The week in books

April 30, 2009

South Africa's Brave New World: The Beloved Country since the End of Apartheid by R.W. Johnson, emeritus fellow, Magdalen College, Oxford. Allen Lane, £25.00, ISBN 9780713995381

"For Johnson all (literally all) is dross, disappointment, betrayal and corruption. There never was a Mandela miracle - the 'real miracle', he says, was how F.W. de Klerk 'led the white minority to surrender its power peacefully'. Mandela, for Johnson, was little more than a charismatic pawn for the sinister Marxist-communists who had hijacked the ANC in exile and who were really only interested in getting their snouts in the trough."

Ivan Fallon, The Independent

Twenty Minutes in Manhattan by Michael Sorkin, distinguished professor of architecture and director of the graduate programme in urban design, City College of New York. Reaktion Books, £16.95, ISBN 9781861894281

"The image so frequently portrayed of this metropolis is of impatience, intolerance and the neglect of the human. It is depicted as a place to be escaped from - at least in our suburbanised Anglo-Saxon world view. Sorkin's city is the opposite. It is a place of infinite negotiation in which life is only made possible by an almost unimaginable level of co-operation. Whether it is elevator etiquette or the fraught relationship between noisy neighbours and negligent landlords, Sorkin's Manhattan is a densely populated Petri dish of humanity - at its best and most generous, as well as its worst and most self-interested."

Edwin Heathcote, Financial Times

The Frock-Coated Communist: The Revolutionary Life of Friedrich Engels by Tristram Hunt, lecturer in history, Queen Mary, University of London. Allen Lane, £25.00, ISBN 9780713998528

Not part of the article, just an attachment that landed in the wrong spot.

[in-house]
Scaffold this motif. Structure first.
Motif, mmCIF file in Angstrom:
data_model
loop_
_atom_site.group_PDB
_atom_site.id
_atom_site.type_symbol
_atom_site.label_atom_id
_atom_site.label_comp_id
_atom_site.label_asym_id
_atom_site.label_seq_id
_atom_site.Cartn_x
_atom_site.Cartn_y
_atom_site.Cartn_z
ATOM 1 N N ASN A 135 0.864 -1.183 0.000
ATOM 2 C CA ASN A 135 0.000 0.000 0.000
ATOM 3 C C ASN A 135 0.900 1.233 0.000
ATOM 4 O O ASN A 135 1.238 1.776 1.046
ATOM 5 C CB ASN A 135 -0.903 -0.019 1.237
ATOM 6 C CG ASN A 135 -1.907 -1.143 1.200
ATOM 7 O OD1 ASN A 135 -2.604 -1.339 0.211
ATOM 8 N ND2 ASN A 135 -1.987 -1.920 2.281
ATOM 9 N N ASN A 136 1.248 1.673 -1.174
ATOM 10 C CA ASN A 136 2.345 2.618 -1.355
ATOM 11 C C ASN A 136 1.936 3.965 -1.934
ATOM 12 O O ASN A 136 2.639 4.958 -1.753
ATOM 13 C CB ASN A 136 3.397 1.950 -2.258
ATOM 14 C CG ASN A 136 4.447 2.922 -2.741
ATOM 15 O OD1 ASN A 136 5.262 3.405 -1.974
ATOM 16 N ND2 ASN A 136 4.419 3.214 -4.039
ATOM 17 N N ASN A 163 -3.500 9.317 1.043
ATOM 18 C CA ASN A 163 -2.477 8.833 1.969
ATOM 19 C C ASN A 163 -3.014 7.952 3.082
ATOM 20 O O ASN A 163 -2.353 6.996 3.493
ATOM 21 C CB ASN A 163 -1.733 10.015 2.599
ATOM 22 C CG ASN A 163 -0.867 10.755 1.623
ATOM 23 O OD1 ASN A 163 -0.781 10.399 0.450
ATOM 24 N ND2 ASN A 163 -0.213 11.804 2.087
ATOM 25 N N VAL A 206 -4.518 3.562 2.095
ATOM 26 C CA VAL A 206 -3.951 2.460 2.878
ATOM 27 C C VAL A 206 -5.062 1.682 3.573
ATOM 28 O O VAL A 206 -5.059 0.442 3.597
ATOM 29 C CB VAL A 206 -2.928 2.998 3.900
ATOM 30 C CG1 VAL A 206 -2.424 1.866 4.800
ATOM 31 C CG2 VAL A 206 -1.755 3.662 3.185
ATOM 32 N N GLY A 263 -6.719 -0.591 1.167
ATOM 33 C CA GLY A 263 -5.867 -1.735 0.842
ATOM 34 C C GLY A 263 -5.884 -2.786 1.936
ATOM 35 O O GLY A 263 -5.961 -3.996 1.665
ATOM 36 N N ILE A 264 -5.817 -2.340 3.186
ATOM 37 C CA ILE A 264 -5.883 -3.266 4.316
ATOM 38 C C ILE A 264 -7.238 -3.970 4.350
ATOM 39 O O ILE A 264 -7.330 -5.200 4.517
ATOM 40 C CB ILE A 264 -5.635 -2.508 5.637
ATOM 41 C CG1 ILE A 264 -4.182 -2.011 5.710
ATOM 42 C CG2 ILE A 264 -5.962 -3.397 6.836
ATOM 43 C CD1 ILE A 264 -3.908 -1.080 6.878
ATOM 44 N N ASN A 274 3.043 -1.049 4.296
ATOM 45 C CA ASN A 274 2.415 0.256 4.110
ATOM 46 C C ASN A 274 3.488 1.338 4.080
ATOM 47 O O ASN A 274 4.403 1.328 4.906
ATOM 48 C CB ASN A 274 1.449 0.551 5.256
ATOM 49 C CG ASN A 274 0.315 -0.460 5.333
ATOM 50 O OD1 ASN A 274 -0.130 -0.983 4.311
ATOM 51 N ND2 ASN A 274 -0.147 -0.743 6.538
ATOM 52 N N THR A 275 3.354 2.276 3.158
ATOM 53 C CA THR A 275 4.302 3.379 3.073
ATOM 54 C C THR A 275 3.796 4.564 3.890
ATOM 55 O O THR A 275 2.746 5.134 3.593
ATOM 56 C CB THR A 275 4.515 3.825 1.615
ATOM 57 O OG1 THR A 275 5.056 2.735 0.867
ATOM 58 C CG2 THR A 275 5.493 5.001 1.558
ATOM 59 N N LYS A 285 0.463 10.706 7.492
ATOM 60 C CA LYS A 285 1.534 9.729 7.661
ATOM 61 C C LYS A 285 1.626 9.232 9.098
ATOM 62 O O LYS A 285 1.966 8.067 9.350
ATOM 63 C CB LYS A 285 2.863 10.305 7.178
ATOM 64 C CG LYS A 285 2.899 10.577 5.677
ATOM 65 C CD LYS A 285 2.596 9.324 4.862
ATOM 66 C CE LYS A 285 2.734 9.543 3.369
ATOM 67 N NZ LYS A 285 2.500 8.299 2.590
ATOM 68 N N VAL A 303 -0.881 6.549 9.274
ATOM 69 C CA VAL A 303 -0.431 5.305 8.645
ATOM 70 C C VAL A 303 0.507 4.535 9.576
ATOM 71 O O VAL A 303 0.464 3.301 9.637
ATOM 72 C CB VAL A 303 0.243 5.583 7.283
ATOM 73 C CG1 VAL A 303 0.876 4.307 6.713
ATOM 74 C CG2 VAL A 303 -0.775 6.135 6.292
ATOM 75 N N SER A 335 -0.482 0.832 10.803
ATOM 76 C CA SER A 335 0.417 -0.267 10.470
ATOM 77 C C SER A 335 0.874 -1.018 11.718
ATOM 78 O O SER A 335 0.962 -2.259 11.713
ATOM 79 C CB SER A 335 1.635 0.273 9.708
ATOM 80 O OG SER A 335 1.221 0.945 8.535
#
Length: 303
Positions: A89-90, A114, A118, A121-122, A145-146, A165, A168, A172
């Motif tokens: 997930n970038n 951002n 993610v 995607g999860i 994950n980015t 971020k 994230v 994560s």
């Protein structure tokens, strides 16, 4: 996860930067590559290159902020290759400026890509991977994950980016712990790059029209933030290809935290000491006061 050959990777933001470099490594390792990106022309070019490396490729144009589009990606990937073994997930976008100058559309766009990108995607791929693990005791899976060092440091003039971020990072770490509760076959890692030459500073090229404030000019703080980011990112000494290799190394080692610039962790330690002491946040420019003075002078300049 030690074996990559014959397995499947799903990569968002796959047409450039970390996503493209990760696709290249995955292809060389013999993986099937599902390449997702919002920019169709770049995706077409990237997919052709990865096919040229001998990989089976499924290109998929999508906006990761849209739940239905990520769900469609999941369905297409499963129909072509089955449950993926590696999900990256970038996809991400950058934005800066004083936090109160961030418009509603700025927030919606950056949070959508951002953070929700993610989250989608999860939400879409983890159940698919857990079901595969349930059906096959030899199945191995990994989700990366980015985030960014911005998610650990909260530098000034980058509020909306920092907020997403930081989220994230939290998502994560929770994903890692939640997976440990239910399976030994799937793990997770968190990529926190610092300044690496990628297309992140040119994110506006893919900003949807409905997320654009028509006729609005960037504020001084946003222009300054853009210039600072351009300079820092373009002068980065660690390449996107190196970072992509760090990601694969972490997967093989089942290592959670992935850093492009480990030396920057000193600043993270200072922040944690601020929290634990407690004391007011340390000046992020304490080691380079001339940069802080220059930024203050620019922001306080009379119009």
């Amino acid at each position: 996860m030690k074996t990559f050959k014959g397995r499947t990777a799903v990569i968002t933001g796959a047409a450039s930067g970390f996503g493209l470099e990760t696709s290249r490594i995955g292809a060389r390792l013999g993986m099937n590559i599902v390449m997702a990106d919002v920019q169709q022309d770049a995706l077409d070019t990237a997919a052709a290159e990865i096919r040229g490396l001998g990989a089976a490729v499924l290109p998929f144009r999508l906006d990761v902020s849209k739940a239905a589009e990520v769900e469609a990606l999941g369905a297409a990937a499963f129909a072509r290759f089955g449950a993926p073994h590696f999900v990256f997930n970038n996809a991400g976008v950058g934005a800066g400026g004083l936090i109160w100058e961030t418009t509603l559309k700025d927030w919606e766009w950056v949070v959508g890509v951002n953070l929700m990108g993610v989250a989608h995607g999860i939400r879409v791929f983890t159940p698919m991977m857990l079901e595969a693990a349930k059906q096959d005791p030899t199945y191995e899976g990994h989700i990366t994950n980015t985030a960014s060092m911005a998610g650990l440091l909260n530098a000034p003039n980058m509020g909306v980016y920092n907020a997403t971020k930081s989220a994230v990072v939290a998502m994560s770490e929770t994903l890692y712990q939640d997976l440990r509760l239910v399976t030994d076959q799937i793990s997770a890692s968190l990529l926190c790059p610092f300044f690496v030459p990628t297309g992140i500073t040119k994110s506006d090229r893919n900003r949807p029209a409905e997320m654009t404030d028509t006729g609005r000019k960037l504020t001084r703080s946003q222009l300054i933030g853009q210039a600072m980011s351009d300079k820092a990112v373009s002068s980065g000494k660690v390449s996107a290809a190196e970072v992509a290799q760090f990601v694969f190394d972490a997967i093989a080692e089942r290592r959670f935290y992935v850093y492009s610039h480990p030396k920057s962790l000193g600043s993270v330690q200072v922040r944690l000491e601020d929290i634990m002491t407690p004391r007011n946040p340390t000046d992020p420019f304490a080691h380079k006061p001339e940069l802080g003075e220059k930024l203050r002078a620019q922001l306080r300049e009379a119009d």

"Hunt struggles (with little original research) to find a reason for yet another biography. He seeks to recover Engels' reputation from those who have portrayed him as responsible for Stalinist excesses, and he suggests ambitiously that a fresh examination of the works of Engels and Marx 'can offer not just an insightful critique of global capitalism but new perspectives on the nature of modernity and progress, religion and ideology, colonialism and "liberal interventionism", global financial crises, urban theory, feminism, even Darwinism and reproductive ethics'. These claims might look good in a newspaper but they are not easy to substantiate in a book."

Richard Gott, New Statesman

Islands: A Trip through Time and Space by Peter Conrad, tutor in English, Christ Church, Oxford. Thames and Hudson, £14.95, ISBN 9780500514719

"Although the sheer scope of Conrad's frame of reference is the main attraction - in one of the book's racier moments he identifies an internet porn site as a modern-day incarnation of Aphrodite's island of Kithira - it is the very abundance of islands that becomes the book's weakness. The island as a metaphor is loaded with so many meanings that its potency disappears and the coherence of the book's subject comes apart. Unlike the fantasists that travel to Conrad's islands, we never feel as if we are being taken somewhere worthwhile."

Edward King, The Sunday Times.

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